Dance Repertory Theatre's 2019 Fall for Dance

In works ranging from tender to tense, the student dancers in the UT Department of Theatre & Dance embodied the spirit of "I can do anything"

Dancers in Renaissance Futura (Photo by Lawrence Peart)

"I can do anything."

The line was sung as a dozen women, all of them students in the University of Texas Department of Theatre & Dance, were tearing up the stage of the B. Iden Payne Theatre. Inspired and energized, each dancer embodied that lyric's unstoppable spirit, every movement a vigorous expression of confidence in her abilities and her potential realized.

The dance had begun with a woman in a ruffed collar reading from a traditional history text about the Renaissance arising from the Dark Ages, but these women weren't having it. They noted how this was a history of men, by men, and for men, and a Renaissance that benefited males exclusively. Some dancers read aloud current news stories reporting violence against women, a sign that, for women, it's still the Dark Ages. So they called for a 21st century rebirth and overtook the stage as if it were the world. Assuming their rightful place, these sisters proved they could do anything, starting at the beginning: They re-created The Creation of Adam by Michelangelo with a female God extending Her finger to the first woman's, and reset Leonardo da Vinci's The Last Supper with a table full of women, including a female Christ. In this Renaissance Futura, choreographed by Dance Repertory Theatre co-Artistic Director Gesel Mason, women danced on tables, clapped, chanted, and spun across the stage like a collective whirlwind, owning the space.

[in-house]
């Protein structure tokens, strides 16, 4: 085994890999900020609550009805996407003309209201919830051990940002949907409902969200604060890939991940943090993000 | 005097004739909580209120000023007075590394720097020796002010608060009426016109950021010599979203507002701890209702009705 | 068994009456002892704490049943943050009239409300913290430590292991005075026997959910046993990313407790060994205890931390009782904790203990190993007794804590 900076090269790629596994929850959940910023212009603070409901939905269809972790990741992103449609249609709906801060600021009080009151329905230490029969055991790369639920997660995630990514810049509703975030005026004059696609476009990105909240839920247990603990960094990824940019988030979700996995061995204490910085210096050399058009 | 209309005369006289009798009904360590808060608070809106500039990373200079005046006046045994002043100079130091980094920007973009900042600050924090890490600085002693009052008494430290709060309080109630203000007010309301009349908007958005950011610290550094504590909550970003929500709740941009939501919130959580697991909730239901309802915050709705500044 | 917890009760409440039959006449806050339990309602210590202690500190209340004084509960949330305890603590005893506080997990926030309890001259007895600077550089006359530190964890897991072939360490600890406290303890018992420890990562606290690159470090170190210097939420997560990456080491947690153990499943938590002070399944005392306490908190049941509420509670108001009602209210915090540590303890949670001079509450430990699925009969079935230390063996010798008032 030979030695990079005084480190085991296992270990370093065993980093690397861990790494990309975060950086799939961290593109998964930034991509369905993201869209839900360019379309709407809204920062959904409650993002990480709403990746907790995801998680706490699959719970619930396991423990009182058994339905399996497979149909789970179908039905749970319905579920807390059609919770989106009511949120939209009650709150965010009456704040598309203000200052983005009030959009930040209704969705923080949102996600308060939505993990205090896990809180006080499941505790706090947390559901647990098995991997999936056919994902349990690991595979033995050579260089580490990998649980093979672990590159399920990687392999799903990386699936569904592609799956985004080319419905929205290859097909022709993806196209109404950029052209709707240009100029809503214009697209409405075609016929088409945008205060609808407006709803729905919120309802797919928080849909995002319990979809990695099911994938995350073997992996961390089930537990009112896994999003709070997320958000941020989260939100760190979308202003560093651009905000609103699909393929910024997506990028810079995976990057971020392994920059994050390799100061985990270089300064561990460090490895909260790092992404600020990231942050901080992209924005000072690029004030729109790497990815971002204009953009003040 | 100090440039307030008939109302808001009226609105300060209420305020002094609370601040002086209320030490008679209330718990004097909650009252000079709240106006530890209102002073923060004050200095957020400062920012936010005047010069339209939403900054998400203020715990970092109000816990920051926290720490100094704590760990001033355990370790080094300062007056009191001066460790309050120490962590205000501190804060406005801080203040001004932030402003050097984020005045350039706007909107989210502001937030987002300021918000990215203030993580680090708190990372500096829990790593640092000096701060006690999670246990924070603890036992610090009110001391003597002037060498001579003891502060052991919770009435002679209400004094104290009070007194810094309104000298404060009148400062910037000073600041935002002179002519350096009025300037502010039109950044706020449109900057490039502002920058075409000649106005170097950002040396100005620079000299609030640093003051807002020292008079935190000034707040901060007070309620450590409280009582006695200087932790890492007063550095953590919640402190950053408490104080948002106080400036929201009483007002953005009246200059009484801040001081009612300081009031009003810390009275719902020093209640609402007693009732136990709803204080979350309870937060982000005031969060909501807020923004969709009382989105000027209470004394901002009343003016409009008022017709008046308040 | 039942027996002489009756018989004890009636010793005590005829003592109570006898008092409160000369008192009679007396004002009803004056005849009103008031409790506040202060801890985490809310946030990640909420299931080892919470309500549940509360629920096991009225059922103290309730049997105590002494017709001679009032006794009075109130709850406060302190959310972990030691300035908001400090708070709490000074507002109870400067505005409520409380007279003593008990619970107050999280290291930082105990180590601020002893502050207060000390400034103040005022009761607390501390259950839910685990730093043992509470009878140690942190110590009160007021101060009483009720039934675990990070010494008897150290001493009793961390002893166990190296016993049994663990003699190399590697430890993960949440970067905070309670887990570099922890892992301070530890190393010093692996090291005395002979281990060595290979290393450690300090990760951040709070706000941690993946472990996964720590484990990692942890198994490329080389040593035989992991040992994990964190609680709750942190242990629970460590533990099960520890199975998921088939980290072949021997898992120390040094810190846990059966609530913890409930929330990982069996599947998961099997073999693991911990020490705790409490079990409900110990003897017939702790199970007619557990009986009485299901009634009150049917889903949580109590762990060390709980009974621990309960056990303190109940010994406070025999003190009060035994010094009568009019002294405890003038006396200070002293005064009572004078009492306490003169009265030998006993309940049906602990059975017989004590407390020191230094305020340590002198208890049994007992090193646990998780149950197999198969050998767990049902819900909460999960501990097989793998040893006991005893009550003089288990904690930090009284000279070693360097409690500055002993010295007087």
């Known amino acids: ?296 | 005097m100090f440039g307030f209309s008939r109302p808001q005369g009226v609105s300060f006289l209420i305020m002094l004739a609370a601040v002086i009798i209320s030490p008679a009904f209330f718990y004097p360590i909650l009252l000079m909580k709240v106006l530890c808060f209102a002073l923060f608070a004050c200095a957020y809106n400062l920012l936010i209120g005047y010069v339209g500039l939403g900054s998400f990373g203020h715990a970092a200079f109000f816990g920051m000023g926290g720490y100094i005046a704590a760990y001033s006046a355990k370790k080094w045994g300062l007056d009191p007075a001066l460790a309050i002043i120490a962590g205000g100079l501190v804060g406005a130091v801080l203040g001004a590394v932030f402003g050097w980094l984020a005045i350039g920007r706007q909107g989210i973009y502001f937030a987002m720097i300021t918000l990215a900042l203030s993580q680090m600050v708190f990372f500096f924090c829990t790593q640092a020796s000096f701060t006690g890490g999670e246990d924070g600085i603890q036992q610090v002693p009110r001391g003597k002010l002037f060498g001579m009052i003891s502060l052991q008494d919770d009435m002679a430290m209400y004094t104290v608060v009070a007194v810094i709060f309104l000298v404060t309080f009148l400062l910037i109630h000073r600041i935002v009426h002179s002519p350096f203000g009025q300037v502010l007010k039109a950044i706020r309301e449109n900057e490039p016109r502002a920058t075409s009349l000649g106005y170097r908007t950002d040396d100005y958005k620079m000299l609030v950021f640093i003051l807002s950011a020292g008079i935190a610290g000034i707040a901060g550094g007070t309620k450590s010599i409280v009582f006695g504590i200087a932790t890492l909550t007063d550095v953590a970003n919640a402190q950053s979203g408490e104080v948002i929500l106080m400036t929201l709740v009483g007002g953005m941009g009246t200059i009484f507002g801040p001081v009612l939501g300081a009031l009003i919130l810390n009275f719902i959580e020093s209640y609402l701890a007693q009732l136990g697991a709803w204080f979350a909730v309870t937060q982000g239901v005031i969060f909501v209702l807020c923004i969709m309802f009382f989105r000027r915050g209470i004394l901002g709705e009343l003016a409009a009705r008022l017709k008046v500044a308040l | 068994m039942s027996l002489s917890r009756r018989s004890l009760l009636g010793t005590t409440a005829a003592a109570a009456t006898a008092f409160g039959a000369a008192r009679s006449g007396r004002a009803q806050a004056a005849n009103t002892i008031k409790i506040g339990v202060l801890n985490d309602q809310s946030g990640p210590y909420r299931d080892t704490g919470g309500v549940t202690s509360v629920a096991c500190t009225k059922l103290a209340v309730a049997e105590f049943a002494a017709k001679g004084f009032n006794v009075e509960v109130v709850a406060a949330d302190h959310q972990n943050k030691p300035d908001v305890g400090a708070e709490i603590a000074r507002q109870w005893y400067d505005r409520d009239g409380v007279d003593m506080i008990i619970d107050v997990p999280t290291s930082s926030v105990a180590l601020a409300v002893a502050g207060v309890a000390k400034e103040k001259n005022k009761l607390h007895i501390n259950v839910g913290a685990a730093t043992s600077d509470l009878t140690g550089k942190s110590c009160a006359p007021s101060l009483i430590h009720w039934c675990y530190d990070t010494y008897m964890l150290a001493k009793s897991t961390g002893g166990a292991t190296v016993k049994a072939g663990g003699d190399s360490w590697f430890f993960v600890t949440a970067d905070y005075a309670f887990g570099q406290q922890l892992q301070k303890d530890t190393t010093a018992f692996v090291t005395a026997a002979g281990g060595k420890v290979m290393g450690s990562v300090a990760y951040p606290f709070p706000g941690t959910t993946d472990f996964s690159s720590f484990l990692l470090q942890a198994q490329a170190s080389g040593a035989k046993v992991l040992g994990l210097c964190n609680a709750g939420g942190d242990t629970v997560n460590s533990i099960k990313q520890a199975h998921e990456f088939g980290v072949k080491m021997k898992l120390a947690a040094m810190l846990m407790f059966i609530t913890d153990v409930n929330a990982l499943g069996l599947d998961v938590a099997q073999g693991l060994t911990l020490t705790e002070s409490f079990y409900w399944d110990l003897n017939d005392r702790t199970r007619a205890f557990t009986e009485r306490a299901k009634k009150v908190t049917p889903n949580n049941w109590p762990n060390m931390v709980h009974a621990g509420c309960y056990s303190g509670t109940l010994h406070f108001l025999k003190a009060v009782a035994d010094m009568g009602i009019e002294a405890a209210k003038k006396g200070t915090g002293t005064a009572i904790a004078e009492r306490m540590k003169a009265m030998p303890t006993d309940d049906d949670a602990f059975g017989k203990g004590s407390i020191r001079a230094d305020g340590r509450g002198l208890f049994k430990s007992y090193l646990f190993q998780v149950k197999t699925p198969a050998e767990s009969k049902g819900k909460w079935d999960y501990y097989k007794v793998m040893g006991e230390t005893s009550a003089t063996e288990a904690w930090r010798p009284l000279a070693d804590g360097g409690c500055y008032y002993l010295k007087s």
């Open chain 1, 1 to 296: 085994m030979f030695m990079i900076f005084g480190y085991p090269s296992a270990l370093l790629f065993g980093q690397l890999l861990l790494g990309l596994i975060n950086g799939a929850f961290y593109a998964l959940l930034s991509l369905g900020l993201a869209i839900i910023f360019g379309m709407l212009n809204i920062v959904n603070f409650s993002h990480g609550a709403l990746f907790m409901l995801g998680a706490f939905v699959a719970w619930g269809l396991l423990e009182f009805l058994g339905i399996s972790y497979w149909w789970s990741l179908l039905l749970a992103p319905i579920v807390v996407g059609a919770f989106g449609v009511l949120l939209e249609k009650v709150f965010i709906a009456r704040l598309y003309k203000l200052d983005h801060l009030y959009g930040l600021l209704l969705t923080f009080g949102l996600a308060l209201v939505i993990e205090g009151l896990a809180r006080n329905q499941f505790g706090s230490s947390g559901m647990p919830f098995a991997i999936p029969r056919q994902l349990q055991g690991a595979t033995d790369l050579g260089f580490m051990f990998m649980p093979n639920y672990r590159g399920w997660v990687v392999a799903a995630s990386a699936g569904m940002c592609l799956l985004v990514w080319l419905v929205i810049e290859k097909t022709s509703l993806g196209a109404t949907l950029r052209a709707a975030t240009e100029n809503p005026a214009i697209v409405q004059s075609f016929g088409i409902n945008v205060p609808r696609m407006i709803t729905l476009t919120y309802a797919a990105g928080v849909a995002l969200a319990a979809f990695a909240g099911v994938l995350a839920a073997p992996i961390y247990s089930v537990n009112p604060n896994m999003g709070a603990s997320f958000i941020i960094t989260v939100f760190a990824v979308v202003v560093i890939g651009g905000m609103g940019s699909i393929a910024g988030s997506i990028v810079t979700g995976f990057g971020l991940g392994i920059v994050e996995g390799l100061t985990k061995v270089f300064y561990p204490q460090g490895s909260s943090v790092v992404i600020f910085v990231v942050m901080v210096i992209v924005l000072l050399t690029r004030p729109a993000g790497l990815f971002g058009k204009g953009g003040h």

That piece may have been the only one in this year's Fall for Dance concert in which the idea of being able to do anything was stated explicitly, but the sentiment echoed throughout the program, even as it veered from the sweetness of young romance to the terror of an Amber Alert abduction to Soviet oppression during the lifetime of Dmitri Shostakovich.

In the blissful Nostalgia, guest choreographer Elijah Alhadji Gibson had two dancers fall for each other. Avery Moore and Khorii Tinson were a study in contrasts – the former white, the latter black; Moore a head taller than Tinson – but their carefree movements and the way they beamed at each other made clear that they knew nothing could stand in the way of their love. And seeing them dance slowly with Tinson standing on Moore's feet, then leaping up and wrapping her legs around Moore's waist bespoke a tenderness that belongs especially to young lovers.

In have you seen me?, which Tinson choreographed, the show opened on a powerful note of dread: blasting an Amber Alert as dancers lying on the stage stared into the glow of what looked to be cell phone screens. From that too-familiar, adrenaline-activating start, Tinson sustained a high level of intensity, having dancers struggle, kick, and run, at times from other dancers clad in black with masks over their faces, in the deep shadows and red backdrops of Amber Whatley's moody lighting. But even in all the darkness, Tinson seeded a belief in reclaiming the missing, a possibility of breaking free and returning to the light.